Seattle-based Alaska Airlines says that two of its flights from San Diego are the best for the April 8 eclipse viewing: flight 390 to Boston departing at 8:10 a.m. and flight 322 to Washington Dulles, leaving at 8:05 a.m.

“As long as skies are clear, our guests will have some of the best seats to the solar eclipse on April 8 while 30,000 feet in the air,” Alaska's vice president of revenue management and network planning Kirsten Amrine said in a statement shared with Traveler.


Semi-private carrier JSX will be hosting a special two-hour flight through the totality path led by former NASA astronaut and current JSX pilot Bill Gregory, who has logged 400 hours in space. “With Dallas taking claim as the biggest city in the path of totality, we are thrilled to make this ultra premium and rare viewing opportunity a reality via JSX,” CEO Alex Wilcox said in a statement.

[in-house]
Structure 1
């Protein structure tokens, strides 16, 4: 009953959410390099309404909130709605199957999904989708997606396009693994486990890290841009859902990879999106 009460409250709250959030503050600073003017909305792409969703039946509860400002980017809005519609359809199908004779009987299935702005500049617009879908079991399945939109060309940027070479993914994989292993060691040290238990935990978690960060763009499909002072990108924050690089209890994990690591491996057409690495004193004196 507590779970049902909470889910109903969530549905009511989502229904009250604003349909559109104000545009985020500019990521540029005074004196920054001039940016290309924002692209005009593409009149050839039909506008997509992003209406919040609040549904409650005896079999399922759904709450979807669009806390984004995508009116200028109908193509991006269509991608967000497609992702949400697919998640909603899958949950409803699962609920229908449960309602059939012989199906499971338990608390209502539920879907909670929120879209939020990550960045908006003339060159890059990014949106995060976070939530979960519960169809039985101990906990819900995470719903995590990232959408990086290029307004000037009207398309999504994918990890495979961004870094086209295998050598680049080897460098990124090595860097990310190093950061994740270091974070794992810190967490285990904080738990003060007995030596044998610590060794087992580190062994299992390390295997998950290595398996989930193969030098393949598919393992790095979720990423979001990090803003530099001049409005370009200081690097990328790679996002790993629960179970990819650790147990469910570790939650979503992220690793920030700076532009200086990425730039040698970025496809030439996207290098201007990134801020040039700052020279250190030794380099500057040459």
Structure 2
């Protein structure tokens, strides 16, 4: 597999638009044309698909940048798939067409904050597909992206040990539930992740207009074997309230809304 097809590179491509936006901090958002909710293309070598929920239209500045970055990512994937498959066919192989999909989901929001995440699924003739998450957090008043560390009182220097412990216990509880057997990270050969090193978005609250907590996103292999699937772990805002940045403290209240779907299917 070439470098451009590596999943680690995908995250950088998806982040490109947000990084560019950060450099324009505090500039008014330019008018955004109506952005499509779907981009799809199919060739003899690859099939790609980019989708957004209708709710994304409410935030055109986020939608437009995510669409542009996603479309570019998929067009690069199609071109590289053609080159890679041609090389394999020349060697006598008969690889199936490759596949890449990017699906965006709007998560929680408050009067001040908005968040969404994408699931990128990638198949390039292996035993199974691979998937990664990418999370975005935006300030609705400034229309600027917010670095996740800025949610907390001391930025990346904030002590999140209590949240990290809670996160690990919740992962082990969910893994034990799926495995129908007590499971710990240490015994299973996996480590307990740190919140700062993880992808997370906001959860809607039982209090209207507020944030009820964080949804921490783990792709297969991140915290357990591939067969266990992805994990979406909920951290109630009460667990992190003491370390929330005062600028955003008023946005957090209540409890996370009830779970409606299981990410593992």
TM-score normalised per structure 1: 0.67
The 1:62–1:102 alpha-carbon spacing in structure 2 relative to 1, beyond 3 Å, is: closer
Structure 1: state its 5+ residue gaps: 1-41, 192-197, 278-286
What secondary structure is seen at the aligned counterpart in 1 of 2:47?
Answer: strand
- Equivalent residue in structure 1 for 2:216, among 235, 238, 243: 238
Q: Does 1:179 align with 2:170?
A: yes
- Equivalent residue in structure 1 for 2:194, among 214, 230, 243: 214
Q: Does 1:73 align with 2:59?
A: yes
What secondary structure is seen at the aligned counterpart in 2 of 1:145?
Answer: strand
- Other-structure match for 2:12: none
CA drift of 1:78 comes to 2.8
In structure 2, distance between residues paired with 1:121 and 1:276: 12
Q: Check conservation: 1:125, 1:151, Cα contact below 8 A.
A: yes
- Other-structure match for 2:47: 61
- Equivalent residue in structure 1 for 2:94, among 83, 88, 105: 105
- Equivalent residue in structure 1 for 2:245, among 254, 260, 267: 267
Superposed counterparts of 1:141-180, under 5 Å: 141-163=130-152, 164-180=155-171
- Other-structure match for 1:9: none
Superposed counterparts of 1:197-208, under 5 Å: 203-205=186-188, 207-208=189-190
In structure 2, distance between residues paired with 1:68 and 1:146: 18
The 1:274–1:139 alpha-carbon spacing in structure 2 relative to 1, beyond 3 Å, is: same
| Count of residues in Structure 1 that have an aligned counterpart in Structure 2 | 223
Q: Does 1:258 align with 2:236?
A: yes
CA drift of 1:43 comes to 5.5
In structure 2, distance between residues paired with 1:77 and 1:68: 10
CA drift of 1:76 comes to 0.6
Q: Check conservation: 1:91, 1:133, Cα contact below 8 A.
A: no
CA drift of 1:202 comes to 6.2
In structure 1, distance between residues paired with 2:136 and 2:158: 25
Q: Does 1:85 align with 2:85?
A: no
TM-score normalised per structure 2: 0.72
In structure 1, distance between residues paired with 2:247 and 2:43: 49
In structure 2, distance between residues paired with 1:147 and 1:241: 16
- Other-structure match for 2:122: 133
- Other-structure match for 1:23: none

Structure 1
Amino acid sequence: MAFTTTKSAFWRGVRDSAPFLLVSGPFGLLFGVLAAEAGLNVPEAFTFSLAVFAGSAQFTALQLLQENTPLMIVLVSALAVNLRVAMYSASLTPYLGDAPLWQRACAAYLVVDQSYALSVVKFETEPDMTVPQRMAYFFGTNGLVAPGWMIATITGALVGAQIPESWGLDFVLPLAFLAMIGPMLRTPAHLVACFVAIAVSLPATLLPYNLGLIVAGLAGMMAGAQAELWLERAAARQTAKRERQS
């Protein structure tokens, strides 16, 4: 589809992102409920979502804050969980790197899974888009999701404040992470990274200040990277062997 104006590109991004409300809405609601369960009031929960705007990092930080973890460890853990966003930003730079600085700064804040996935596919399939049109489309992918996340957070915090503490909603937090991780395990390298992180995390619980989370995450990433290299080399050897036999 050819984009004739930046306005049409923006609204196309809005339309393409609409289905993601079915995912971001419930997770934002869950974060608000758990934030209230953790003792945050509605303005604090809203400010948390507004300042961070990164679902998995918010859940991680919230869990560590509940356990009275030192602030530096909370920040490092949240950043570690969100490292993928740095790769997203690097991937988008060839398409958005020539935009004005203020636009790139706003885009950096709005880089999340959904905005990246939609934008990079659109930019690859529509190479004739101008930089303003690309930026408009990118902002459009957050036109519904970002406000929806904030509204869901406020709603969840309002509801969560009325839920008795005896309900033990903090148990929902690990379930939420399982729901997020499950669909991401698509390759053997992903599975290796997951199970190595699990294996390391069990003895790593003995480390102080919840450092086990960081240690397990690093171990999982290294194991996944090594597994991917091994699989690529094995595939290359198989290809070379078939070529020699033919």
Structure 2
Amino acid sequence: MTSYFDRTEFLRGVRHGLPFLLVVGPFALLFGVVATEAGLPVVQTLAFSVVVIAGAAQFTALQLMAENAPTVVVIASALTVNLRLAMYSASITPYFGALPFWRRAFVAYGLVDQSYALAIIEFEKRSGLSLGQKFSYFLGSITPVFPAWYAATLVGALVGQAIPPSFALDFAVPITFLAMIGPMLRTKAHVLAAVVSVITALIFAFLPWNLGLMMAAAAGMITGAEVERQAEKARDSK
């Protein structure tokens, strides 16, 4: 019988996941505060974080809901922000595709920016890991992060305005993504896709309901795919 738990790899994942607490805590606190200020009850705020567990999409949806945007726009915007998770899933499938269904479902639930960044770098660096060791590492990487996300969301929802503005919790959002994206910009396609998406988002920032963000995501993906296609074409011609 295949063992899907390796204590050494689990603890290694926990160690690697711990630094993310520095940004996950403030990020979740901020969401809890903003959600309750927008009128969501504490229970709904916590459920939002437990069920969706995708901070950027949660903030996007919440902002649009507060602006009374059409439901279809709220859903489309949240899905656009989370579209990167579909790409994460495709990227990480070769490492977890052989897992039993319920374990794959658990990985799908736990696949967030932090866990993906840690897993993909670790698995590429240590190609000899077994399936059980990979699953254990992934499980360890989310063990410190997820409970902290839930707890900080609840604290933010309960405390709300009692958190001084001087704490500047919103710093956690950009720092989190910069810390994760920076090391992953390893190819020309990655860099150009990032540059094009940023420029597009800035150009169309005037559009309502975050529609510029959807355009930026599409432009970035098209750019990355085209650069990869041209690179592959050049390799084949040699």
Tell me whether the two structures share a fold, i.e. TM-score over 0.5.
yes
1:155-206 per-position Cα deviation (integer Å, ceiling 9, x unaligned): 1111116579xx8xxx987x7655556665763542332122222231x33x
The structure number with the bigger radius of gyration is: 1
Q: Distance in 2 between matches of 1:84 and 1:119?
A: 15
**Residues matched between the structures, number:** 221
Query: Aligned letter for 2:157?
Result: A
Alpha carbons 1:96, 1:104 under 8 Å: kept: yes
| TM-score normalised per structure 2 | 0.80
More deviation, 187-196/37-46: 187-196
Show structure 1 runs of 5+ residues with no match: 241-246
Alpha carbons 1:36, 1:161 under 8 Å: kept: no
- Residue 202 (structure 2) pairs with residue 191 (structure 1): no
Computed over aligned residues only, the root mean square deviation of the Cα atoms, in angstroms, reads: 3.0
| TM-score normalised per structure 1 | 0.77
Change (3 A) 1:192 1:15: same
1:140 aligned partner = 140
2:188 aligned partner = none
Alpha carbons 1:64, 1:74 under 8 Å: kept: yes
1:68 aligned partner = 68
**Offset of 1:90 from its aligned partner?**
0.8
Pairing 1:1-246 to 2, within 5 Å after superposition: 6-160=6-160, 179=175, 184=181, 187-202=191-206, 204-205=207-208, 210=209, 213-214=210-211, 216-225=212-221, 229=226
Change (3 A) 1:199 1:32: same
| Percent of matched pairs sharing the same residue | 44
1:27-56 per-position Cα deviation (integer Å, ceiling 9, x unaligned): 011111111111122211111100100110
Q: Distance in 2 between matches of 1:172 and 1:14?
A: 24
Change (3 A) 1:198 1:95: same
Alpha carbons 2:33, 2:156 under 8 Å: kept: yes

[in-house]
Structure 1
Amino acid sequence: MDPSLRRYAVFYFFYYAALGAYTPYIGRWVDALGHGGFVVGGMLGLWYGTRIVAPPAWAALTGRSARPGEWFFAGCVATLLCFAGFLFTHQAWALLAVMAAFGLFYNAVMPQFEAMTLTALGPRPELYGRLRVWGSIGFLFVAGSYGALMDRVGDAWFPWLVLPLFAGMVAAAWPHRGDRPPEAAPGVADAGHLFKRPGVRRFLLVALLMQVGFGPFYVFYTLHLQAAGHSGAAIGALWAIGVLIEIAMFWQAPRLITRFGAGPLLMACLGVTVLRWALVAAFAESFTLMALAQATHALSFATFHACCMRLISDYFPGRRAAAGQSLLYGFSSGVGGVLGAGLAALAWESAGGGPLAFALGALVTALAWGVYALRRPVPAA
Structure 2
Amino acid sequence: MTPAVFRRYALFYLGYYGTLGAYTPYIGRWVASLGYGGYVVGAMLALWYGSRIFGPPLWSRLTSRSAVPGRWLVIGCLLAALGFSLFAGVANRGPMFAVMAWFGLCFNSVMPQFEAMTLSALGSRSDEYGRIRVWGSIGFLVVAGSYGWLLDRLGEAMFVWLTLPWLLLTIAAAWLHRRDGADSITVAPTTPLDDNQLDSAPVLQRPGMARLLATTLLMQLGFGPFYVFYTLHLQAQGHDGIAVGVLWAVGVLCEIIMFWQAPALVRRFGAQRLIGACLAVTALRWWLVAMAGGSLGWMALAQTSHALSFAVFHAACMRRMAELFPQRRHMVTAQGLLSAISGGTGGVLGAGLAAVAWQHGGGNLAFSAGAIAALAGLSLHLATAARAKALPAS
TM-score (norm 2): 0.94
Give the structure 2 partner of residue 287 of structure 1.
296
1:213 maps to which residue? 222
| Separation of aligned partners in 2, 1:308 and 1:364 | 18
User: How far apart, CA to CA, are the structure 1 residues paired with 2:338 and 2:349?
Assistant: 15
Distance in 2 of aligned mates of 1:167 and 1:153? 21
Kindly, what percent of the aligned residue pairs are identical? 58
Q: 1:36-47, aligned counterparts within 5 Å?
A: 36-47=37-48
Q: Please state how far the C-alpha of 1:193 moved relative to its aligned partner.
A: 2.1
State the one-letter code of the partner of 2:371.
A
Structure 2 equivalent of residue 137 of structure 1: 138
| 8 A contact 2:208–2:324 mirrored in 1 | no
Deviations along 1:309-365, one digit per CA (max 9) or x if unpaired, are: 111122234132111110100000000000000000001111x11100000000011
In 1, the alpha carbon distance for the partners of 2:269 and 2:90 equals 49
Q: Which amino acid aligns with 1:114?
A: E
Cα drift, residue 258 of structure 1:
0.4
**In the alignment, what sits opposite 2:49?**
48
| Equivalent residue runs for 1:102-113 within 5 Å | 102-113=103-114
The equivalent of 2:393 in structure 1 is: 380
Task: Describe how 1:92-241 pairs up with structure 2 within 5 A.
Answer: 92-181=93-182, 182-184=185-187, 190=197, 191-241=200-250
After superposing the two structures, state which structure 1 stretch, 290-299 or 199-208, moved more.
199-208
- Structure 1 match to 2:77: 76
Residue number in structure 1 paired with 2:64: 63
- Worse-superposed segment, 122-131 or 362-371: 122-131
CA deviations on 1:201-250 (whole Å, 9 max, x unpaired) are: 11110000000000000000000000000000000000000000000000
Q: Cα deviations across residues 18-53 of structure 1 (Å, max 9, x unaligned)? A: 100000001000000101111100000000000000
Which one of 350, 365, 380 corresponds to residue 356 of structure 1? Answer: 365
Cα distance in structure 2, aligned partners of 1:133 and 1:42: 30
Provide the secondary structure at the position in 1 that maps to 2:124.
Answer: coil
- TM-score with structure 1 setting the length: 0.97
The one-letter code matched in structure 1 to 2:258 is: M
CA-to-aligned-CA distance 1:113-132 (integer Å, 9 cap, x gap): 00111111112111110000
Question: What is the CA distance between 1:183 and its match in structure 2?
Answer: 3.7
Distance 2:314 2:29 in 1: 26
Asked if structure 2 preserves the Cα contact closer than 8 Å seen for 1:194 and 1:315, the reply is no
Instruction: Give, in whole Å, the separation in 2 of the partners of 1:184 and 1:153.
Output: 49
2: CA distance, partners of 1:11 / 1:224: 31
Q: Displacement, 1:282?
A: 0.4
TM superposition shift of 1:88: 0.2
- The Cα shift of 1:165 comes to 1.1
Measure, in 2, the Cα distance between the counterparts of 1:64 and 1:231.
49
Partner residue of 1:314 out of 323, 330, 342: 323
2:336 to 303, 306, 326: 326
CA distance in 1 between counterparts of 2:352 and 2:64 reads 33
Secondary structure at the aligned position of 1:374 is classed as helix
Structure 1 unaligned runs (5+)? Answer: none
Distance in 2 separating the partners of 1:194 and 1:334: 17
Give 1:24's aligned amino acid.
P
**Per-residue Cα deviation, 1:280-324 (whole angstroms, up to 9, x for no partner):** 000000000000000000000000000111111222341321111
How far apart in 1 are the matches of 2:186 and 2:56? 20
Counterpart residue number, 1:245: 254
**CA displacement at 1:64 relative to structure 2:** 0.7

The two-hour flight 4824 will fly round trip from the company’s private hangar at Dallas’ Love Field starting at 1 p.m. local time. Every passenger will have a window seat, and will also receive eclipse viewing glasses and themed cocktails.

Chartered flights

With so many factors at play for commercial flights, aviation analyst Arnot says that the best bet for those who live within the eclipse path is to charter a Cessna 172 with a pilot. Most flight schools offer “discovery flights"—short private trips with a certified pilot instructor—that you could potentially time with the April 8 eclipse.

That said, smaller planes typically fly below the weather, scrapping the advantage of getting above poor conditions. But even if there is cloud cover, the control of a chartered fight might still provide the most bespoke experience, according to Arnot.

Originally Appeared on Condé Nast Traveler